In recording, it makes for a more practical solution for adjusting levels in an overall mix and adding effects since all the channels are consolidated to one volume fader, say a “Drums” sub mix. It also gives the engineer the ability to “sum” multiple channels into a stereo input on a tape deck or audio interface.
In live sound applications, the sound engineer can create a monitor sub mix for different members of the band. If the vocalist wants a particular mix of instruments (eg No bass, all guitars!), the engineer can tailor a sub mix for him that’s different from the rest of the band.
Another feature we liked was the Session In / Out section: On the face of it, it’s just an aux in with a volume control, but having the Session Out option with another volume control opens up options such as daisy-chaining mixers, and we think this would be a great place to patch in Maschine, for instance (staying within the Native Instruments ecosystem), especially if you have it Midi synced with Traktor. DJ/producers performing live sets will instantly see the benefit in this.
But our favourite addition was the frankly lovely Isolator section at the top. This is basically a three-band EQ across the Master Out, with crossover controls to decide where each knob starts and ends its section of the job, but that’s to totally undersell the fun you can have affecting your overall mix with this section. Based on the separate Isolator units from the disco days (when the actual mixers themselves often had far less versatile EQs than this one), this allows “macro” control over your mix – colouring your sound slowly, over a long period of time, against the “micro” control offered by the other EQs and mixing controls.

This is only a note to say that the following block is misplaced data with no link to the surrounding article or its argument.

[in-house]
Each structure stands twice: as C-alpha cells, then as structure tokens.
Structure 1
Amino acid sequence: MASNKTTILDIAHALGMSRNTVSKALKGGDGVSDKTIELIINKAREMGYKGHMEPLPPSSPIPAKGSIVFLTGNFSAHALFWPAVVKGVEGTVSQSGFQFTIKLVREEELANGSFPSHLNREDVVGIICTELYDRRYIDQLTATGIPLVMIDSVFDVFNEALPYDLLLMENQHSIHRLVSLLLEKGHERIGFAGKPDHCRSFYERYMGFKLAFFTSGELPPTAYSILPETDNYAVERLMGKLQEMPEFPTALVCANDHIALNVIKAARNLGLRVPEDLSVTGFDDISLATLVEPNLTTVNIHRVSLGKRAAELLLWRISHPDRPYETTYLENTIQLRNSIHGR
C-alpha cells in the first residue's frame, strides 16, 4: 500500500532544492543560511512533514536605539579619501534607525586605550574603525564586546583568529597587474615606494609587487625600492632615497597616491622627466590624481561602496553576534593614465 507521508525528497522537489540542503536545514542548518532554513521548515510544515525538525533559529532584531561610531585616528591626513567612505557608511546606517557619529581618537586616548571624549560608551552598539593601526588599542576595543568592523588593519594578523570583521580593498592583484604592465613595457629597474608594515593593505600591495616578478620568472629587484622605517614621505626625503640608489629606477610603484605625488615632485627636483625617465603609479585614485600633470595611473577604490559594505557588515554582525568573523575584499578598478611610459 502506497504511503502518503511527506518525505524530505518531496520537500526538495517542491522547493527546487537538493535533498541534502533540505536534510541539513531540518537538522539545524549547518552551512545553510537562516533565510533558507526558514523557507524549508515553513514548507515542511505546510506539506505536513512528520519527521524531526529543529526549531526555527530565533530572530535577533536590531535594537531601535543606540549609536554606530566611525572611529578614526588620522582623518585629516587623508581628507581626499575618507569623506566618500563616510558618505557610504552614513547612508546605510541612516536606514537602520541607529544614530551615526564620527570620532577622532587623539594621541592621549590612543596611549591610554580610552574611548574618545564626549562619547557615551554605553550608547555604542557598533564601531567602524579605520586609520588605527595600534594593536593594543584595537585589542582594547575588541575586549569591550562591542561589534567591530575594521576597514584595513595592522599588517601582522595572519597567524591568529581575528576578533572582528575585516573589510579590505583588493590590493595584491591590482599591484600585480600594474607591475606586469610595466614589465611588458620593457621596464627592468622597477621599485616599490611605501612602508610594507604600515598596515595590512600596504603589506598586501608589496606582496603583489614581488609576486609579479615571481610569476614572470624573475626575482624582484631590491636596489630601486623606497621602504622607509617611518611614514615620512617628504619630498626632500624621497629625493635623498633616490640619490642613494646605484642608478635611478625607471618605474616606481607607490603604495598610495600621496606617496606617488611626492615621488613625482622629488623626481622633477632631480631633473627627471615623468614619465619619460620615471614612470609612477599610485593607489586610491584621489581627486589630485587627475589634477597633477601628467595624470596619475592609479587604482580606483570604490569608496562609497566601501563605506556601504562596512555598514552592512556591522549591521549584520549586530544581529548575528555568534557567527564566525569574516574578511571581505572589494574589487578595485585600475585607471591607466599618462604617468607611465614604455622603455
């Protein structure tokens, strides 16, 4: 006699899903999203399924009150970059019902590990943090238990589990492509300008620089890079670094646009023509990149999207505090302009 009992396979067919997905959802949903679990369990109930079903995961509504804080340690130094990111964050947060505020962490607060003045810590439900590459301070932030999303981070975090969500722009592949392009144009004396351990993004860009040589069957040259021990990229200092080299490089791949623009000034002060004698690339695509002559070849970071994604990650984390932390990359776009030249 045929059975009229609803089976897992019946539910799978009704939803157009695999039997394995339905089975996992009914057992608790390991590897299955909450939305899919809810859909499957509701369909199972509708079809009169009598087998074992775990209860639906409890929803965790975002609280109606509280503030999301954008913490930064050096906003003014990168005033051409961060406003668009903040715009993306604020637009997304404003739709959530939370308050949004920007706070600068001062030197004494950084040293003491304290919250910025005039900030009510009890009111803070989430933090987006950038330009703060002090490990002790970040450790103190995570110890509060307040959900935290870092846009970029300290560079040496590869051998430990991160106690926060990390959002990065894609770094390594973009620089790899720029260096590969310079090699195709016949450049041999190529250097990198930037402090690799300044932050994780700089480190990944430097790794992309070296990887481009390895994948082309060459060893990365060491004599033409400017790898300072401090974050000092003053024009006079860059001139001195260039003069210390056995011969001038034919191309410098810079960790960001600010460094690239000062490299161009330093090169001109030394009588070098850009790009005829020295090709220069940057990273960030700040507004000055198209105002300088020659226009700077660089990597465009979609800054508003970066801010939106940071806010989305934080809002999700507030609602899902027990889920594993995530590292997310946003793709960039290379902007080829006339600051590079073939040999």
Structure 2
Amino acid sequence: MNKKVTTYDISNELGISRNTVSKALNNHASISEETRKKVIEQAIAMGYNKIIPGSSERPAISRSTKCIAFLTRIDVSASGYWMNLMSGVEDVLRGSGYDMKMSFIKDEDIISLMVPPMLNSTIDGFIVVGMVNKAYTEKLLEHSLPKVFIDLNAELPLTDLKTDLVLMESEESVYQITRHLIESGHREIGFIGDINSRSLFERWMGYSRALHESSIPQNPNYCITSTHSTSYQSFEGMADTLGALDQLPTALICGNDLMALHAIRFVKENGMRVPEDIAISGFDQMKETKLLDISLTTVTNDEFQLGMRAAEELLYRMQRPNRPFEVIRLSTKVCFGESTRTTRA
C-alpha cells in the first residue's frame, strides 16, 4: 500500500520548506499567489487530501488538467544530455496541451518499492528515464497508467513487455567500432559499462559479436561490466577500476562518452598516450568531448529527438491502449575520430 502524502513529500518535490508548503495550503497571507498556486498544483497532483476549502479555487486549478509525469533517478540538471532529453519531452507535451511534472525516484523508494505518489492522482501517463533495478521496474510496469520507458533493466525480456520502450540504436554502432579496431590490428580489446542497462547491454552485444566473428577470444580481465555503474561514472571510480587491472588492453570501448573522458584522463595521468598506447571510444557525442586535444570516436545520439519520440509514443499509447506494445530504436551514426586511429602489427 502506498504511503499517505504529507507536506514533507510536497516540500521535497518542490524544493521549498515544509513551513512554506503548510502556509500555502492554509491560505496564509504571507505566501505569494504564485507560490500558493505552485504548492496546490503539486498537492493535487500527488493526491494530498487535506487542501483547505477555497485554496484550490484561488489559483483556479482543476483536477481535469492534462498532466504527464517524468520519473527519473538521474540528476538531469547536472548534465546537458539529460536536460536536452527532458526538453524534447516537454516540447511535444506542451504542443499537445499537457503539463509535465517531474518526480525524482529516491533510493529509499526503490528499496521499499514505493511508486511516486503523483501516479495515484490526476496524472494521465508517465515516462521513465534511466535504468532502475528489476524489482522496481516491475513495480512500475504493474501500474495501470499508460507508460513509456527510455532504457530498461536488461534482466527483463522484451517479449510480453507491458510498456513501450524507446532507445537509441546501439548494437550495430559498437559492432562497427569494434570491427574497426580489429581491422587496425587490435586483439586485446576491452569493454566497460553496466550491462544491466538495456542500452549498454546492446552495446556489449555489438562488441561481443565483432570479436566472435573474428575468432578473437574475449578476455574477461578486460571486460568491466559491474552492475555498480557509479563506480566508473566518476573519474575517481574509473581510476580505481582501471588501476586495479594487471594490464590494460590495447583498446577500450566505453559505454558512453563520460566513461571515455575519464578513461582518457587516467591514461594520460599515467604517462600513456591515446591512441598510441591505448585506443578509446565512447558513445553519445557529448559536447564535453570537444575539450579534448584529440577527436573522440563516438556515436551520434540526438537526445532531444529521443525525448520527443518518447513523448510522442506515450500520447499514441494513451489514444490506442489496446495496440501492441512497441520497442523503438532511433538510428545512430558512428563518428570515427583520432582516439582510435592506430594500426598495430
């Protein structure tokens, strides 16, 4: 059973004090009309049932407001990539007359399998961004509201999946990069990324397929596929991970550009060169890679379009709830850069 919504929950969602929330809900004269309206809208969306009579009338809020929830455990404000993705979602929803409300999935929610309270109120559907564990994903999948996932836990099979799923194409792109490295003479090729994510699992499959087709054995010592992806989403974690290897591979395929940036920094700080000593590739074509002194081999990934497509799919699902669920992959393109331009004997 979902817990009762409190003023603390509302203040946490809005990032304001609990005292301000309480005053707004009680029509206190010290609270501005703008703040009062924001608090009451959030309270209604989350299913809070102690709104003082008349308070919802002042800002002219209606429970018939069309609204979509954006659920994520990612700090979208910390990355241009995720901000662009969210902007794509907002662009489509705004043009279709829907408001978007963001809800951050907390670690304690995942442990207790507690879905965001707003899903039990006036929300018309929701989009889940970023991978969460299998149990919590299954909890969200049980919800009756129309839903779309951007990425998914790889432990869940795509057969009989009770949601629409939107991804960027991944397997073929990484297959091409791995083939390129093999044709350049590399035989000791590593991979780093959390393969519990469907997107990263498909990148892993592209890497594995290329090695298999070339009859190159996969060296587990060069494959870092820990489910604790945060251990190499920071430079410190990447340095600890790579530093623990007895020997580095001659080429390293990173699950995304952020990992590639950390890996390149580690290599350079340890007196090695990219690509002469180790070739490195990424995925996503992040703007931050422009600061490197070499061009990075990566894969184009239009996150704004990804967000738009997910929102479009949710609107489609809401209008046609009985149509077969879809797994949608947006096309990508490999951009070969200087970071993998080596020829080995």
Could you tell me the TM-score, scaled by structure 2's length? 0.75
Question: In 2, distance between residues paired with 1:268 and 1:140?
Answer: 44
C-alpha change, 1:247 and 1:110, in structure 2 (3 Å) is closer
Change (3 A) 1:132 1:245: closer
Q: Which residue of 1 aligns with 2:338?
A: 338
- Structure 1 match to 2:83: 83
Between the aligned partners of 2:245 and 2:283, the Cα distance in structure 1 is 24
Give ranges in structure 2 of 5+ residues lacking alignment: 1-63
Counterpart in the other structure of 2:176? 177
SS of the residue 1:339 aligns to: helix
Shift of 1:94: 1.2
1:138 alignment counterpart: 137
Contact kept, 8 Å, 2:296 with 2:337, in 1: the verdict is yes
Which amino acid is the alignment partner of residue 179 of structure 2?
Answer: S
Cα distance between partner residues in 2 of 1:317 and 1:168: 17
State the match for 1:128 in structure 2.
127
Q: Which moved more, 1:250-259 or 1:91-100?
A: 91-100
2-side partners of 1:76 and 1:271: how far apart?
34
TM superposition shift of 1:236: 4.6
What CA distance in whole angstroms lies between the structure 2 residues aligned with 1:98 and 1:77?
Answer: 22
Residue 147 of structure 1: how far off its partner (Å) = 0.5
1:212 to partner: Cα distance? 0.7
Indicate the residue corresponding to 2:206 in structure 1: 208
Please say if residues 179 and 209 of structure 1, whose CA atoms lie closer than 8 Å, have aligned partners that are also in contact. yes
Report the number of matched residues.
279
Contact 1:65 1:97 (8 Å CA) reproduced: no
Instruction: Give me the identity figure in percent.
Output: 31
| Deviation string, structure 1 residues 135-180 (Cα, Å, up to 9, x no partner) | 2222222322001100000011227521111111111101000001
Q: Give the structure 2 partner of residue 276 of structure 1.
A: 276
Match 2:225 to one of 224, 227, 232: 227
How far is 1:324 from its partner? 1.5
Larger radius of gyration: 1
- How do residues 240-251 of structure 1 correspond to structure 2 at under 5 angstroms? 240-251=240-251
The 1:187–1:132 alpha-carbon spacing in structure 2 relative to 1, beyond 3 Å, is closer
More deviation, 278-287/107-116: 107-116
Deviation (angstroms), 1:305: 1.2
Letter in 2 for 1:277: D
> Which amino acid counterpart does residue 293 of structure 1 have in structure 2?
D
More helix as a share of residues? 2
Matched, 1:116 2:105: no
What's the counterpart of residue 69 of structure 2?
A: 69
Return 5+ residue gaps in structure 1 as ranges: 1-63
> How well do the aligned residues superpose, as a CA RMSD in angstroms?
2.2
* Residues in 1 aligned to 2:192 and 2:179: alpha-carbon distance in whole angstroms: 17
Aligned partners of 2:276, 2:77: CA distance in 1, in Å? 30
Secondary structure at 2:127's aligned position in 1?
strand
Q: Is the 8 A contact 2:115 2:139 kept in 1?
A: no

There are loads of other great features: a huge number of digital ins and outs across both audio interfaces, full Midi mappability across the whole control surface, 16-bar three-colour VUs (for all four channels, the sub mix, and master); a powered mic input with duck control (only one tone control for this, though), and per-channel filters (with one overall resonance control) to name most of them, but in truth the beauty of this mixer is the basics done brilliantly, a few really thoughtful extras, and that combination of classic appearance with cutting edge digital architecture.
It’s hard not to want one, hands down. For DJs brought up on faders the idea may take a bit of getting used to, but for the sweeping, building style of mixing preferred by house DJs over the years, the mixer is just awesome. The Isolator is lovely, the sub mix useful, and the all-digital architecture belies the mixer’s classic looks.
It ain’t cheap, but for something to aspire to when you make some extra cash out of your DJing hobby or career that connects you solidly with the past of our profession yet has one foot firmly in the future, it’s a total belter of a product. We love it.